Exercising in 2023 – How To Fit A Work Out Session Into Your Busy Schedule

Like many working adults, I used to be a textbook “weekend warrior.” On Saturday and Sunday, I’d go for really long runs or hit the gym hard. But then Monday through Friday, my only exercise consisted of walking from my car to my desk at 8 AM, and from my desk to my car at 5 pm. Needless to say, it wasn’t ideal. Not only that, it wasn’t sustainable. I’d end up injuring myself during one of my warrior weekends and be out of commission for weeks.

Don’t get me wrong — exercising on the weekends is still way better than not exercising at all. But it doesn’t make up for sitting on your bum all workweek long. There’s really no way around it. Weekend warrior or not, it’s best to find a way to work in exercise at least twice during your work week. But establishing a fitness routine for your work week isn’t a big deal as long as you have a good strategy. Here are some of my best tips for making it work:

1. Focus on forming the habit first

If you’re not used to exercising on workdays, your first priority is to find a way to actually do it. The quality and duration of your workouts at this point is secondary. When we get that coveted burst of motivation, the tendency is to hit the ground running, both literally and figuratively. But be careful with this, because while being motivated is great, it can cause you to be a bit overzealous. If you start pounding out three miles every morning before work after six months of zero exercise, you’re soon going to get hurt and discouraged.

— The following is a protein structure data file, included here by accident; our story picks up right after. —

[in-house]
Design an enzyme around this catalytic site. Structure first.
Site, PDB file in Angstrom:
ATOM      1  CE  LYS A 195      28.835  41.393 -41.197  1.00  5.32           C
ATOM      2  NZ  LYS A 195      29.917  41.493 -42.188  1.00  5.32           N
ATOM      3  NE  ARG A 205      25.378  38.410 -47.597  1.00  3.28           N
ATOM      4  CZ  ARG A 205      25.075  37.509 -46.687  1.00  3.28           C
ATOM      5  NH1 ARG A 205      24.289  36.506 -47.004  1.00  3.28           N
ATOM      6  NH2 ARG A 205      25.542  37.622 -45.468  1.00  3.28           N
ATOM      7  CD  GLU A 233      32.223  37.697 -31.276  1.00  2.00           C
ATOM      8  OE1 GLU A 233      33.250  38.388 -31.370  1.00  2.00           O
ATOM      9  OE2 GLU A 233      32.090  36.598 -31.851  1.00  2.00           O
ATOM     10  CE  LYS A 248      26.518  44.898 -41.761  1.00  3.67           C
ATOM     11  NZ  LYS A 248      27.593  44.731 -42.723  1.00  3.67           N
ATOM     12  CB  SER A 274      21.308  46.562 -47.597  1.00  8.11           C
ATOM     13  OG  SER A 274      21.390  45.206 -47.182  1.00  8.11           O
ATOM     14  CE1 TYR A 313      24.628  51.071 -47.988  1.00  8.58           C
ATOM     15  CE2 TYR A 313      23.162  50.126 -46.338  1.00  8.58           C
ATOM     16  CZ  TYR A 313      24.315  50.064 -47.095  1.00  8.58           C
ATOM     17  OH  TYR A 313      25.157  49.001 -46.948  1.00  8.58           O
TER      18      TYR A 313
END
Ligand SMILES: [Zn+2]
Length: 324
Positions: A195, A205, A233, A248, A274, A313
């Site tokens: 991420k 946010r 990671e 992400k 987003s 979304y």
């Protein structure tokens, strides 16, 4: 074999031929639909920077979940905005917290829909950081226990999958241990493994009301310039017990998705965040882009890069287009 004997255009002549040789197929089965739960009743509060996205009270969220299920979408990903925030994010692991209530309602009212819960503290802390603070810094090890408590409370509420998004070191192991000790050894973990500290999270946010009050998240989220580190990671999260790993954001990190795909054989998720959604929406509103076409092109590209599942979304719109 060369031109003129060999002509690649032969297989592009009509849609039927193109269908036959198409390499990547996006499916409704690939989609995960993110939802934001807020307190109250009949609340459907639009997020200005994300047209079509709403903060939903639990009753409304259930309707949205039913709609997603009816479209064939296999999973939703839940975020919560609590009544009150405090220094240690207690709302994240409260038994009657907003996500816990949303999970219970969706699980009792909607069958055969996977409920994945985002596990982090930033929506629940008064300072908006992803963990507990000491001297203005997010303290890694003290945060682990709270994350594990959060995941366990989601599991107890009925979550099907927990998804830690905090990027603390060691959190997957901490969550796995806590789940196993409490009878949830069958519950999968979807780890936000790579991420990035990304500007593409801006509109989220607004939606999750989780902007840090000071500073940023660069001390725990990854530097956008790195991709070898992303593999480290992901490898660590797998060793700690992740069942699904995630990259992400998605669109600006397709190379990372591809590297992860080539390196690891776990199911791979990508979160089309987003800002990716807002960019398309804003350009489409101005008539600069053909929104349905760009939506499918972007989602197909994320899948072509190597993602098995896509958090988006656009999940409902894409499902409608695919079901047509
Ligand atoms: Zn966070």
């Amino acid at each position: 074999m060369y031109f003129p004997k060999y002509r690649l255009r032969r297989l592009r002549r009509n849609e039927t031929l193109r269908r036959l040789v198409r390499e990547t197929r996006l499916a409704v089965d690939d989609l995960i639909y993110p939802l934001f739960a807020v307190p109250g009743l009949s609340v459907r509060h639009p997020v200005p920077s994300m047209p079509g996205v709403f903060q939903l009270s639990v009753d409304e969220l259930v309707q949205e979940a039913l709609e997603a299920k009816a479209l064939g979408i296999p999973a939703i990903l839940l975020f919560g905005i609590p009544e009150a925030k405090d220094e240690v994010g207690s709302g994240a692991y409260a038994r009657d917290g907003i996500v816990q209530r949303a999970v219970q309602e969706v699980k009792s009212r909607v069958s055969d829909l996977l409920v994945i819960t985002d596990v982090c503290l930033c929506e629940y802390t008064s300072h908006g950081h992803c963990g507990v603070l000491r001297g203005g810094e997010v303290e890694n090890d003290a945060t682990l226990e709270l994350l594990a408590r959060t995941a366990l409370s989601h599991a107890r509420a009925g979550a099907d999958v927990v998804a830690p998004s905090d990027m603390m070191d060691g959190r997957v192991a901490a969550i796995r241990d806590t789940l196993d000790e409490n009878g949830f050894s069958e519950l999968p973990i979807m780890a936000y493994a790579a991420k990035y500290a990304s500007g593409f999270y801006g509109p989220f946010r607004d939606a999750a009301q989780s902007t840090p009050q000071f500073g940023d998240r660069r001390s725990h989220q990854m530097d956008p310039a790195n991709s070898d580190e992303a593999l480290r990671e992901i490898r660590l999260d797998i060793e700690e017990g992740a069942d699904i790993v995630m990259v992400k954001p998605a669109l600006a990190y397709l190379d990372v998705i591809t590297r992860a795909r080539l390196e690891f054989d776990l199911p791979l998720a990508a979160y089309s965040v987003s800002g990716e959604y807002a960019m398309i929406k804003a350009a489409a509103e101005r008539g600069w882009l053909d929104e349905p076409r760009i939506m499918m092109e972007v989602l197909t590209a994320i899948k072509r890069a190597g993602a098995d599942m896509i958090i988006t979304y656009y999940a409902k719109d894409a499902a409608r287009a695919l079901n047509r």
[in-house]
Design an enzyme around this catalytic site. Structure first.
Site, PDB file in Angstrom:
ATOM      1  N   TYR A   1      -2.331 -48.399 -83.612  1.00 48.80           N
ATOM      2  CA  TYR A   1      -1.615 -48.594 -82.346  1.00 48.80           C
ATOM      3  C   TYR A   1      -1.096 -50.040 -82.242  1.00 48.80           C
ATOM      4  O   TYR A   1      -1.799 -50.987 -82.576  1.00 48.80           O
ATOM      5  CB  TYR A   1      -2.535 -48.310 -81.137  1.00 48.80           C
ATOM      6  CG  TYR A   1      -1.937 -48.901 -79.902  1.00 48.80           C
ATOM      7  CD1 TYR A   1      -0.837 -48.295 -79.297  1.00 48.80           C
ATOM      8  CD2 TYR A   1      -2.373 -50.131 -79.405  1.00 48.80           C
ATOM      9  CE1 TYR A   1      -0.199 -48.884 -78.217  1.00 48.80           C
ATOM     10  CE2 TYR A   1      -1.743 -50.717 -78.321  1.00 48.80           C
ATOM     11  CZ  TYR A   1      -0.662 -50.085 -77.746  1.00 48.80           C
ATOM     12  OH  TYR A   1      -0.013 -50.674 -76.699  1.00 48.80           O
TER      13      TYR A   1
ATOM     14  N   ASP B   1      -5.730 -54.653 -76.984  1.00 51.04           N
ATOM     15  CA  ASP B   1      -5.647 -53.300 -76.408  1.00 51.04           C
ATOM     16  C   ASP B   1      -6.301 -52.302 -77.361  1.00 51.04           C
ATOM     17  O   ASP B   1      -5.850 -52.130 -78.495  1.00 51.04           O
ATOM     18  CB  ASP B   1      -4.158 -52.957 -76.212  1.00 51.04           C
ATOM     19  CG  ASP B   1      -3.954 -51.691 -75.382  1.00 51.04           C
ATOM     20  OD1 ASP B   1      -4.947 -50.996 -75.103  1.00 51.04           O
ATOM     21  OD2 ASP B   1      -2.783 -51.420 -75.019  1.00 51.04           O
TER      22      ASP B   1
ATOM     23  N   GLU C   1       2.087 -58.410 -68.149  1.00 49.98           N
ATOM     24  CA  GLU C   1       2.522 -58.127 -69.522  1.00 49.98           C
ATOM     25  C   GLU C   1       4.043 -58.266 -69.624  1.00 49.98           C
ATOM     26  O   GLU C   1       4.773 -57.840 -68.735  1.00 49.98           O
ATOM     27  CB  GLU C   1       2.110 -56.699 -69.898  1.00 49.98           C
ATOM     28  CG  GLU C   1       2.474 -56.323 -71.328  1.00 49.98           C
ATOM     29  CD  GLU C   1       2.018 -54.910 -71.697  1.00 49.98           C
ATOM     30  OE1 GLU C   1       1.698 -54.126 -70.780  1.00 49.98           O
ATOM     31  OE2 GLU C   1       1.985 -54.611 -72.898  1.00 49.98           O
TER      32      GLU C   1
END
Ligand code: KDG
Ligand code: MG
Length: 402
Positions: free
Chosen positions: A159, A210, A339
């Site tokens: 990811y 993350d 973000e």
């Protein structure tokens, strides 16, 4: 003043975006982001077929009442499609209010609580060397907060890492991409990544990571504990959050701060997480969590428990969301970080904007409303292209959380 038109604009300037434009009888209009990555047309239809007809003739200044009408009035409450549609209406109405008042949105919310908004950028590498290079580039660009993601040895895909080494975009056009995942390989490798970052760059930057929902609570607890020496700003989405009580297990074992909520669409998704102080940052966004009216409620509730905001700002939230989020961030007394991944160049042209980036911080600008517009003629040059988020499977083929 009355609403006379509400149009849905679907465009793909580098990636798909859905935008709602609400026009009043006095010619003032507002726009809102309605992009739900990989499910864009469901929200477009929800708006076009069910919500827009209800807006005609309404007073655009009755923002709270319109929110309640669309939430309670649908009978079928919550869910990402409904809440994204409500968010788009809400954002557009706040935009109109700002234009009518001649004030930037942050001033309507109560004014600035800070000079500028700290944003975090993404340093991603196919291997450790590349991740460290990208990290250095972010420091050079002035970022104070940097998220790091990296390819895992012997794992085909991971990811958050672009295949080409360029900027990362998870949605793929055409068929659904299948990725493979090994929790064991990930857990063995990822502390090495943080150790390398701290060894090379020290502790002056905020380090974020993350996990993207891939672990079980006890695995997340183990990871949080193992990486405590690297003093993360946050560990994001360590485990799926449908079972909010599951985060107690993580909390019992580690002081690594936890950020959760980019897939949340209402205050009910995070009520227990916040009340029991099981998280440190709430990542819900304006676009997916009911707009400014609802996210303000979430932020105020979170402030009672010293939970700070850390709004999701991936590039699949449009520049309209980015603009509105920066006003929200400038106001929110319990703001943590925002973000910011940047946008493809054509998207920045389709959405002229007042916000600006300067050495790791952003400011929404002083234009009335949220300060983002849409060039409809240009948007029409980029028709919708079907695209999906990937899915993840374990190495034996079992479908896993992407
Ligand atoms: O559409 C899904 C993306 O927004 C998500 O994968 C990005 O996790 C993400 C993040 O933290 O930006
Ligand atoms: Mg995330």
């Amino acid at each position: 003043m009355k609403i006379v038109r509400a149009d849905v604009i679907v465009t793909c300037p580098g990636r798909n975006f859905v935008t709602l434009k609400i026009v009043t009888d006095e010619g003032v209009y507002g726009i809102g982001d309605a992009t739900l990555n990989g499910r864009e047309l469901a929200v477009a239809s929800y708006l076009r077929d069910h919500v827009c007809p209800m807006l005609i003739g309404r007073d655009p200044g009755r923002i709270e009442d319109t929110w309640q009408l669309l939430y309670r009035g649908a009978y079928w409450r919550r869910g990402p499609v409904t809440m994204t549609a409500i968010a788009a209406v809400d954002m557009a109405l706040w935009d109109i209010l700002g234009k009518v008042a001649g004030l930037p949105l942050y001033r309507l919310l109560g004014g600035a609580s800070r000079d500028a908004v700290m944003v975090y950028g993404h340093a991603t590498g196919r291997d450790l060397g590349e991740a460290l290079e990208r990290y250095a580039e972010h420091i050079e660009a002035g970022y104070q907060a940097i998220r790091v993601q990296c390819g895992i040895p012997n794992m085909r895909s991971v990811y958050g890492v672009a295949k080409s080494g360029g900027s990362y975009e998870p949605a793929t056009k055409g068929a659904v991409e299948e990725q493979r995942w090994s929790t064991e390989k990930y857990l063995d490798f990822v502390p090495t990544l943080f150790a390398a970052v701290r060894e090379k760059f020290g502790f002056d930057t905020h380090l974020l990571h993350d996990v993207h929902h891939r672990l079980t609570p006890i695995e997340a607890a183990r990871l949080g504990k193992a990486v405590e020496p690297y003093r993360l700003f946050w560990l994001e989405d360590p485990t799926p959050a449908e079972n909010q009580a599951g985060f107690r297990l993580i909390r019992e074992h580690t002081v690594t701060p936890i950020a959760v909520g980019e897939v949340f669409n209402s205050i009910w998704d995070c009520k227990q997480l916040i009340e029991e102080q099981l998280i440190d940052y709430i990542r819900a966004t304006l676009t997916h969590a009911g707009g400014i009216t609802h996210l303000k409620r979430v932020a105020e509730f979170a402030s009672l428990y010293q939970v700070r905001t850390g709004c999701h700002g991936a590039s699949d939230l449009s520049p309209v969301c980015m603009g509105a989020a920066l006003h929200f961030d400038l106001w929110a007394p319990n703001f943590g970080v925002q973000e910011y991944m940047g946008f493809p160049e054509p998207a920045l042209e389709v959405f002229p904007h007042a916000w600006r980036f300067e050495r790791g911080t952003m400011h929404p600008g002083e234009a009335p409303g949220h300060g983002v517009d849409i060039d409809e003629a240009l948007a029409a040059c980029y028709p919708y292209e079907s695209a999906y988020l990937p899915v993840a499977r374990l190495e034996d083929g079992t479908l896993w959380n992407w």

2. Turn your commute into exercise

If you’re fortunate to live close enough to your office, experiment with biking to work. Granted, this takes a little extra planning and organization. But if you can make it work, biking to work has many advantages. Not only will you get a good workout, but you’ll also save money on gas, and it’s environmentally friendly to boot! Try a test run on a Saturday for an idea of how long it will take to get there. Depending on the distance and climate, you might be able to get away with biking to work in your work clothes. But in hotter weather, bringing a change of clothes may be wise!

Again, start slow and bike to work one or two days a week. You can increase the frequency as your body adjusts, and save the car for those rainy (or snowy!) days.

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3. Make physical activity a part of your workday

It’s important that your fitness routine includes activity throughout your workday. Studies indicate that eight hours of sitting every day is frighteningly unhealthy, even if you exercise. Set your Outlook calendar to remind you every hour to get up and walk around. Take the stairs to and from your office instead of the elevator. Instead of holding your next department meeting in the board room, take your colleagues for a brisk walk around the block to discuss the topic at hand and bounce ideas off each other. They seem like small, silly things, but they can make a huge difference to your health and longevity!

4. Try shorter sessions, more often

While some studies seem to indicate that it doesn’t matter how you divvy up your 2.5 hours, spreading out your sessions can make them easier to fit into your schedule. After all, no matter how busy you are, you can find 10-15 minutes to exercise. And yes, science supports that such short sessions can make a positive impact on your health and fitness levels.